Virata was voted “Business of the Year” in the Business Weekly East of England Business Awards 2000.[6]

The Boom Years[edit]

On May 25, 2001, the company opened a new European headquarters[7] on the Cambridge Science Park. A new building of 2,884 sq. metres (31,000sq ft) provided accommodation for over 90 staff, 3 lab areas (Chip Lab, Hardware Lab and Systems Test Lab) and a customer training suite. It also had a boardroom with a now-infamous table in the shape of a "V" and a presenter's podium in the shape of the "dot" over the "i" in the Virata logo.

Financial years 1998-2001 were very successful with revenues increasing from $8.9M in 1998, $9.3M in 1999, $21.8M in 2000, to over $120M in 2001. Typical customers licensed the semiconductors (e.g. Helium, Argon) and integrated software on silicon (ISOS) for integration into DSL equipment (DSLAM, DSL Router/Modems, Home Gateways) to provide high speed Internet access with integrated voice, wireless and video functionality.

Merger with Globespan[edit]

The product offering was stronger on communications processors and integrated networking software than it was on physical layer and DSL firmware. Downturns in the telecommunications market and increasing consolidation in the DSL sector led to the proposal of a merger in October 2001 with Globespan, a company headquartered in Red Bank, NJ. On December 14, 2001, the respective shareholders approved the merger and Globespan shareholders also approved changing the name of the company to GlobespanVirata, Inc. The company subsequently traded on NASDAQ under the symbol "GSPN".

GlobespanVirata continued to be the market leader in the DSL semiconductor market in 2002 with revenues of $226 million and 28% revenue market share.[8] The Cambridge R&D team continued to design silicon and software for the high-end DSL devices and were involved in the integration of technology from further acquisitions such as the Intersil 802.11 wireless technology.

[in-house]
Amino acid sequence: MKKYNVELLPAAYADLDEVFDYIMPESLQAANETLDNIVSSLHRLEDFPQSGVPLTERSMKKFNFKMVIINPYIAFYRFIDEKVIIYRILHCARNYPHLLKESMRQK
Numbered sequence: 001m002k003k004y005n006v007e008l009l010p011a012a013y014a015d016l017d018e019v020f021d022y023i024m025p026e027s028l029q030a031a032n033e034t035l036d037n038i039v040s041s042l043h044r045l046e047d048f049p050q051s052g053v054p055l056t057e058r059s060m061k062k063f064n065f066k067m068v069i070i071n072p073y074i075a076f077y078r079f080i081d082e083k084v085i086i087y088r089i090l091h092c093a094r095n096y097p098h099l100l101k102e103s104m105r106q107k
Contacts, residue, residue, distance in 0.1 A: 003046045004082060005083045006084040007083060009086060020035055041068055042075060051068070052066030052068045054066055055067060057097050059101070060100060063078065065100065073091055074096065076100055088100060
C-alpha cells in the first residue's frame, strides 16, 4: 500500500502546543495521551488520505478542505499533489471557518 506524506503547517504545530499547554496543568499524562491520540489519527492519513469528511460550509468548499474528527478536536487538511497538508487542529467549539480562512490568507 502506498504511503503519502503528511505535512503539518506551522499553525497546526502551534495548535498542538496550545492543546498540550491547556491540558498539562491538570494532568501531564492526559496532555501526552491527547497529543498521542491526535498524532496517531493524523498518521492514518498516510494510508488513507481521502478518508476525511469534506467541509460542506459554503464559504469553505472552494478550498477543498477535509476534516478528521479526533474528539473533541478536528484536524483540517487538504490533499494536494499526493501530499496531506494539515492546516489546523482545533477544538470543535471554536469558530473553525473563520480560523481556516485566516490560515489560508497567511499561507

In an effort to reduce operating costs GlobespanVirata embarked on a series of site closures and employee headcount reduction. In August 2002, it closed the Raleigh[9] and Maynard offices, for example, and there were lay-offs at most sites.

Merger with Conexant[edit]

The DSL semiconductor market became increasingly commoditized and, in November 2003, Conexant Systems and GlobespanVirata announced an agreement to combine the two companies in a strategic merger. The merger was completed on March 1, 2004.

Headcount reductions continued and in December 2004 the majority of the ISOS software team in Cambridge was made redundant, having transferred IPR and operations to Conexant India. By June 2005 the remainder of the staff (LSI and software) were also redundant and the Cambridge site was closed.

Visual Timeline[edit]

Virata timeline.jpg

Virata Employee Recycling[edit]

Many ex-Virata employees are now employed by leading semiconductor companies, both in Cambridge and in other parts of the world, and several have gone on to form new companies. These include for example: Adventiq, Artimi, Broadcom, Broadlight, Camrivox, Cognidox, CSR, DisplayLink, Green Custard, Ikanos, Intel Corporation, Intellon, SaleOrigin, Solarflare, Tzero, and Vidanti.


  1. ^ "Case Study by Professor John Mullins (London Business School)". Retrieved 2008-09-02. 
  2. ^ "Social capital in new venture creation" (PDF). Retrieved 2008-09-02. 
  3. ^ "Link Silicon Valley company summary". Retrieved 2008-09-02. 
  4. ^ "Wiktionary definition of Virata". Retrieved 2008-09-02. 
  5. ^ "Virata Launches Two New Processors For The Emerging Residential Gateway Market". Retrieved 2008-09-03. 
  6. ^ "Virata Wins 'Business of the Year' Award". Retrieved 2008-09-02. 
  7. ^ "Virata opens European HQ in Cambridge". Retrieved 2008-09-02. 
  8. ^ "GlobespanVirata Secures #1 Position in 2002 DSL Semiconductor Market". Business Wire. 2003-06-02. Retrieved 2008-09-02. 
  9. ^ Jones, Amanda (2002-08-05). "Closure of Raleigh site". Retrieved 2008-09-02.